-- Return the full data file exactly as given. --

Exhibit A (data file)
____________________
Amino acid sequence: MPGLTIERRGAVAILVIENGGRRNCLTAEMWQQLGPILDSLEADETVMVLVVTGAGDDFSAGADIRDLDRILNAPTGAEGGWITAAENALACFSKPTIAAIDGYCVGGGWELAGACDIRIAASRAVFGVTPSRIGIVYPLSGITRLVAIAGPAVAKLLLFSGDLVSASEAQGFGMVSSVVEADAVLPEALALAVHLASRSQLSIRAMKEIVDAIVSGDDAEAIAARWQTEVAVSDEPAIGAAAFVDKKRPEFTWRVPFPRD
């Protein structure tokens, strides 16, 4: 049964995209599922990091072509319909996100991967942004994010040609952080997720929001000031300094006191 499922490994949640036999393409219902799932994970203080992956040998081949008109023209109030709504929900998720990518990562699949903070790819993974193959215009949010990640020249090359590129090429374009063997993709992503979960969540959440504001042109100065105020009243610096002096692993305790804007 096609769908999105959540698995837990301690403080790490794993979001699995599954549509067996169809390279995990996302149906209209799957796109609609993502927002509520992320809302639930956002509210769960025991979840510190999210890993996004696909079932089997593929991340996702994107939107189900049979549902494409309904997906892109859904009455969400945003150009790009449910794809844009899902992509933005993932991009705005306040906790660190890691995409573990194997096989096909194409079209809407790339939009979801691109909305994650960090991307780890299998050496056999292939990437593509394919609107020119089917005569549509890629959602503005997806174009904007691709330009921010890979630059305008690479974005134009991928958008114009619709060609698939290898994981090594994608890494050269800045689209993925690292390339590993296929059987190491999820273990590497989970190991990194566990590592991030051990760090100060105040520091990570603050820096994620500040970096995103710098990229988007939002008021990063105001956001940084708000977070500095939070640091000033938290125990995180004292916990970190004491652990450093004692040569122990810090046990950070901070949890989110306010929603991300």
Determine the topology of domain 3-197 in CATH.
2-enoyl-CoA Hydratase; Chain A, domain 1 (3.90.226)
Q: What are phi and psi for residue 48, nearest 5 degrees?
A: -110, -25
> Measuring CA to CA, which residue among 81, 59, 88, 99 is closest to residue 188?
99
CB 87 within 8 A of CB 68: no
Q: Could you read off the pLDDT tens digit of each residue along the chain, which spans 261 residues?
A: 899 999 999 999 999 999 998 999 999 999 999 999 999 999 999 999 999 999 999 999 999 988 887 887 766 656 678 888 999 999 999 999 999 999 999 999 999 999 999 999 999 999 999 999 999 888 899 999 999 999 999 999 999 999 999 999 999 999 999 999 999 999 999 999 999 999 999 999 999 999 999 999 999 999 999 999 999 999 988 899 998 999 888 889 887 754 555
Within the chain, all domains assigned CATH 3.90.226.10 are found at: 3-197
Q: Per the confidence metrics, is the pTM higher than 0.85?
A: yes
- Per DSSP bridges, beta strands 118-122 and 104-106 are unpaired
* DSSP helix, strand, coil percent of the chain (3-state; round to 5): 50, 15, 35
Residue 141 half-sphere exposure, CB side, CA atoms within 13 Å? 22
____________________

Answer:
Amino acid sequence: MPGLTIERRGAVAILVIENGGRRNCLTAEMWQQLGPILDSLEADETVMVLVVTGAGDDFSAGADIRDLDRILNAPTGAEGGWITAAENALACFSKPTIAAIDGYCVGGGWELAGACDIRIAASRAVFGVTPSRIGIVYPLSGITRLVAIAGPAVAKLLLFSGDLVSASEAQGFGMVSSVVEADAVLPEALALAVHLASRSQLSIRAMKEIVDAIVSGDDAEAIAARWQTEVAVSDEPAIGAAAFVDKKRPEFTWRVPFPRD
């Protein structure tokens, strides 16, 4: 049964995209599922990091072509319909996100991967942004994010040609952080997720929001000031300094006191 499922490994949640036999393409219902799932994970203080992956040998081949008109023209109030709504929900998720990518990562699949903070790819993974193959215009949010990640020249090359590129090429374009063997993709992503979960969540959440504001042109100065105020009243610096002096692993305790804007 096609769908999105959540698995837990301690403080790490794993979001699995599954549509067996169809390279995990996302149906209209799957796109609609993502927002509520992320809302639930956002509210769960025991979840510190999210890993996004696909079932089997593929991340996702994107939107189900049979549902494409309904997906892109859904009455969400945003150009790009449910794809844009899902992509933005993932991009705005306040906790660190890691995409573990194997096989096909194409079209809407790339939009979801691109909305994650960090991307780890299998050496056999292939990437593509394919609107020119089917005569549509890629959602503005997806174009904007691709330009921010890979630059305008690479974005134009991928958008114009619709060609698939290898994981090594994608890494050269800045689209993925690292390339590993296929059987190491999820273990590497989970190991990194566990590592991030051990760090100060105040520091990570603050820096994620500040970096995103710098990229988007939002008021990063105001956001940084708000977070500095939070640091000033938290125990995180004292916990970190004491652990450093004692040569122990810090046990950070901070949890989110306010929603991300």
Determine the topology of domain 3-197 in CATH.
2-enoyl-CoA Hydratase; Chain A, domain 1 (3.90.226)
Q: What are phi and psi for residue 48, nearest 5 degrees?
A: -110, -25
> Measuring CA to CA, which residue among 81, 59, 88, 99 is closest to residue 188?
99
CB 87 within 8 A of CB 68: no
Q: Could you read off the pLDDT tens digit of each residue along the chain, which spans 261 residues?
A: 899 999 999 999 999 999 998 999 999 999 999 999 999 999 999 999 999 999 999 999 999 988 887 887 766 656 678 888 999 999 999 999 999 999 999 999 999 999 999 999 999 999 999 999 999 888 899 999 999 999 999 999 999 999 999 999 999 999 999 999 999 999 999 999 999 999 999 999 999 999 999 999 999 999 999 999 999 999 988 899 998 999 888 889 887 754 555
Within the chain, all domains assigned CATH 3.90.226.10 are found at: 3-197
Q: Per the confidence metrics, is the pTM higher than 0.85?
A: yes
- Per DSSP bridges, beta strands 118-122 and 104-106 are unpaired
* DSSP helix, strand, coil percent of the chain (3-state; round to 5): 50, 15, 35
Residue 141 half-sphere exposure, CB side, CA atoms within 13 Å? 22